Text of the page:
Understanding Social Security Disability Benefits complex requirements and navigating through to the best solution for you and your loved ones can difficult without expert help. SSDI or SSI? The difference can be confusing to many people since they aren’t aware what they may be eligible for.
Social Security Disability Insurance (SSDI) is a program run by the Social Security Administration (SSA). Even though the agency is mostly known for its retirement and disability benefits, they also award survivor benefits, as well.
Both Social Security Disability Insurance (SSDI) and Supplemental Security Income(SSI) are programs that are supposed to help the disabled. Even though the difference might not be apparent, SSDI is only available to workers who have accumulated a specific number of work credits. These credits can be earned by working a job that withholds payroll taxes to pay into the SSDI system.
In comparison, SSI is available to people who have limited or no income. Those that qualify haven’t had the opportunity to work because of their conditions, which is why they weren’t able to accumulate enough work credits to qualify for SSDI. Although most people are unable to identify the differences between the two programs, they are indeed fundamentally different.
However, when it relates to medical screening that confirms whether you’re eligible for SSI or SSDI, these two programs are largely the same. Medical screenings are done the same way and if you meet the definition of being medically disabled, you would qualify for the program that you are eligible for.
The SSA uses a Blue Book in every case to assist them in determining whether the applicant is eligible or not. The Blue Book is a listing of many of the most severe impairments that can tell the SSA whether you have a disabling condition or not. However, even if your disability isn’t listed in the Blue Book, you can still qualify for SSDI or SSI.
Let’s start with the basics.
Supplemental Security Income(SSI)
The Supplemental Security Income program is essentially need-based. This program is funded by the collection of taxes and is based on being medically disabled AND meeting certain income and assets limitations.
If you’re trying to qualify for SSI, you need to have less than $2,000 worth of assets (for couples it’s $3,000) and have essentially no income. Since people can still get sick even after receiving SSI, the SSA allows these people to take full advantage of the Medicaid program in the state they live in as soon as they are approved. Not only can these people get medical benefits through the Medicaid program and monetary benefits from the SSI program, but they can also get food stamps.
But with that being said, what you get from the SSA also depends on how much you’re receiving. Even if you’ve qualified by being below the $2,000 mark, you’d still receive benefits based on your income and the assets you own. As such, there may be offsets to the monthly amount you receive given certain income and any other assistance you are receiving from family or friends (cash, food, shelter, etc.)
Interestingly enough, it is more common for females to get SSI benefits (79%) rather than males (71%). The reason likely is that it is more common for females to have fewer working years because of family obligations, and as such they are less likely to qualify for SSDI, so the SSI policy what they are often required to resort to. According to research, 60% of men can say that they’ve worked for every year in their life, while only 41% of females can make the same claim.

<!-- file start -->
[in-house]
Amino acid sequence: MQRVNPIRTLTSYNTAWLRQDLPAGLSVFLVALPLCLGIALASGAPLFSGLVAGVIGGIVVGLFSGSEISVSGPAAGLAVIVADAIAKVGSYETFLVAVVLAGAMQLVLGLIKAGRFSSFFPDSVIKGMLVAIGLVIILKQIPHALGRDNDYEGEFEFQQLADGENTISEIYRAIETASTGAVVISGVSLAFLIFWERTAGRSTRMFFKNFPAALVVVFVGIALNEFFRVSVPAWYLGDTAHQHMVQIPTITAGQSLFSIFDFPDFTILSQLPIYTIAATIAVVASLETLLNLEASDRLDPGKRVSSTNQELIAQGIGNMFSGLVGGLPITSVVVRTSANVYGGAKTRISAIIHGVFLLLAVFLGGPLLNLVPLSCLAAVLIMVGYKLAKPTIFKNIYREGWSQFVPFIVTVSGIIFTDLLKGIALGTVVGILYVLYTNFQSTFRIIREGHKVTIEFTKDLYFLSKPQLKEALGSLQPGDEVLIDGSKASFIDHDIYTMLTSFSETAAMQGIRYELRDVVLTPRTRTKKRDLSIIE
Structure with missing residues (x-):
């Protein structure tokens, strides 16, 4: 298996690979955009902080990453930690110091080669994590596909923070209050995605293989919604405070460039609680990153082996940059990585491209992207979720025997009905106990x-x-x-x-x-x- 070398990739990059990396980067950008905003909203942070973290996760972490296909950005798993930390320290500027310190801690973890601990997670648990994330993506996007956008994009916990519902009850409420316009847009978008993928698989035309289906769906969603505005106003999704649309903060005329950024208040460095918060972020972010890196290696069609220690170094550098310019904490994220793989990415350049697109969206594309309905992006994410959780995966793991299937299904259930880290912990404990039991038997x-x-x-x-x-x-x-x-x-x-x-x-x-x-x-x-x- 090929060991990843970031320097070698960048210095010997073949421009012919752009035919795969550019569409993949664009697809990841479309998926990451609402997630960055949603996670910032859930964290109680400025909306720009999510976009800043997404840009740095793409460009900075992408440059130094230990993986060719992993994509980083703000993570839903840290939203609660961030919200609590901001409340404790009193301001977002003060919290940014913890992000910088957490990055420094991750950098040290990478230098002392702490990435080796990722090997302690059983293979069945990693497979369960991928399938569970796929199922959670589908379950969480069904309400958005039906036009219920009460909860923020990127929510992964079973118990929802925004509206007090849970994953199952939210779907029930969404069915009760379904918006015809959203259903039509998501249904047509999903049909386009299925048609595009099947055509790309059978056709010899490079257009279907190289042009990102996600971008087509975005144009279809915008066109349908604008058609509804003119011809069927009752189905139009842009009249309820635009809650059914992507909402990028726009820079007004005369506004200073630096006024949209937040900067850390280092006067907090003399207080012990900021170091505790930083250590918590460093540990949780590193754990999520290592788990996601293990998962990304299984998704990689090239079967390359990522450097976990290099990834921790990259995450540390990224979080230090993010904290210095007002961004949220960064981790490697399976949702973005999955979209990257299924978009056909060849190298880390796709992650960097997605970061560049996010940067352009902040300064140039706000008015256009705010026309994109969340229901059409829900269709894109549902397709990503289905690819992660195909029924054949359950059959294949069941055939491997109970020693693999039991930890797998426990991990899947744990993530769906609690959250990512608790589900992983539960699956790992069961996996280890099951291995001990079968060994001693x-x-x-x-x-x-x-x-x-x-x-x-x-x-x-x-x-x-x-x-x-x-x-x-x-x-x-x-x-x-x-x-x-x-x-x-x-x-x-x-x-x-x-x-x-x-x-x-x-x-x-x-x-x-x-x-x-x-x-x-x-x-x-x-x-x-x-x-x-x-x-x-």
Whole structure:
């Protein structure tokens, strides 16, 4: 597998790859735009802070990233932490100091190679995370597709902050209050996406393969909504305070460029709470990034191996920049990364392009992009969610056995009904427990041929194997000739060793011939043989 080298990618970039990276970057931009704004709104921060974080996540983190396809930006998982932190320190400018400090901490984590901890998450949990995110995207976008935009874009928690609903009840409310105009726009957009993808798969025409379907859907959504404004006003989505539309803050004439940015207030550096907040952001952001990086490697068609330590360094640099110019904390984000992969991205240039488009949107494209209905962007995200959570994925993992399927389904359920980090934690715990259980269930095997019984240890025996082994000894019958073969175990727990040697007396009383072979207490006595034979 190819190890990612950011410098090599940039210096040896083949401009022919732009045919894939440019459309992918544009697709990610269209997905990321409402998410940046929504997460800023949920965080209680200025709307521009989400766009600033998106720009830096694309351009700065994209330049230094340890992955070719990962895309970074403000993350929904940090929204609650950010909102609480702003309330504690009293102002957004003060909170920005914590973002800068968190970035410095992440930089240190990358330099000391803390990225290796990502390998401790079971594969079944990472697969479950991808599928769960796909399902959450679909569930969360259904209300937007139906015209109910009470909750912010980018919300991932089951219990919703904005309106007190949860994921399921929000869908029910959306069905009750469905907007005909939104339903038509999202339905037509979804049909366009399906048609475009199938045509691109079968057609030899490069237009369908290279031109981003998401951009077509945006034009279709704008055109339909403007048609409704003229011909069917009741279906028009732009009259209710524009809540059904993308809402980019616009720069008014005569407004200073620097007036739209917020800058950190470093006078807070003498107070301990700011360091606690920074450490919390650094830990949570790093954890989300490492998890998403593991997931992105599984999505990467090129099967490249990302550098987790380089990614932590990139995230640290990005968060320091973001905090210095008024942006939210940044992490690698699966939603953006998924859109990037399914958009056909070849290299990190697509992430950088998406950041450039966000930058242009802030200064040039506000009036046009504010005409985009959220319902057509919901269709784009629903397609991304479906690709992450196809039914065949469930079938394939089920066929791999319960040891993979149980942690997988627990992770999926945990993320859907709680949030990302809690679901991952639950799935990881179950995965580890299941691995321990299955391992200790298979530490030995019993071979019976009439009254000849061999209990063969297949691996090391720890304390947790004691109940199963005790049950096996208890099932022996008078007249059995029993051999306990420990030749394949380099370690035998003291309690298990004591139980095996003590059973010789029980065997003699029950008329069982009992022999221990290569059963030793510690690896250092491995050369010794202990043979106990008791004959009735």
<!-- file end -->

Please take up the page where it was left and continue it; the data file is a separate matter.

To learn more about your rights under the Social Security Disability laws, call our FREE Disability Hotline at 1-866-4-MY-SSDI (469-7734) to speak with one of our friendly disability rights advocates who, will evaluate your claim in 60 seconds or less or fill out our FREE Disability Case Assessment form once they obtain all the required information. Thereafter, one of our representatives will contact you immediately.
Social Security Disability Insurance (SSDI)
The SSDI program is completely funded through the payroll taxes the program collects. As much as you’d like to think that you can qualify for SSDI by working any job – that is not necessarily true. According to the SSA, you can only qualify for SSDI if you’ve worked a job that is covered by the Social Security system. Because these individuals have worked for a specific amount of time, they’re considered insured.
If these people have a certain number of work credits and are younger than the age of 65, they can qualify for SSDI. Additionally, after these folks have continued to receive SSDI for two years, they can become eligible for Medicare, too. Additionally, the spouse and the children of the person covered by SSDI can also receive disability benefits but they are only partial in nature. However, in the SSDI system, there is a 5-month waiting period that every applicant has to go through before they can start receiving their benefits.
If you are disabled and your long-term disability is a hindrance in your ability to work and make a living for your family, you should think of applying for disability benefits. Your disability attorney will collect the documents you have and start preparing your claim.
Here at Kahn and Associates we take cases on a contingency fee basis, which means we do not require any payment unless they are successful in securing benefits for you.
To learn more about your rights under the Social Security Disability laws, call our FREE Disability Hotline at 1-866-4-MY-SSDI (469-7734) to speak with one of our friendly disability rights advocates who, once they obtain all the required information, will evaluate your claim in 60 seconds or less. Alternatively, you can fill out our FREE Disability Case Assessment form and one of our representatives will contact you immediately.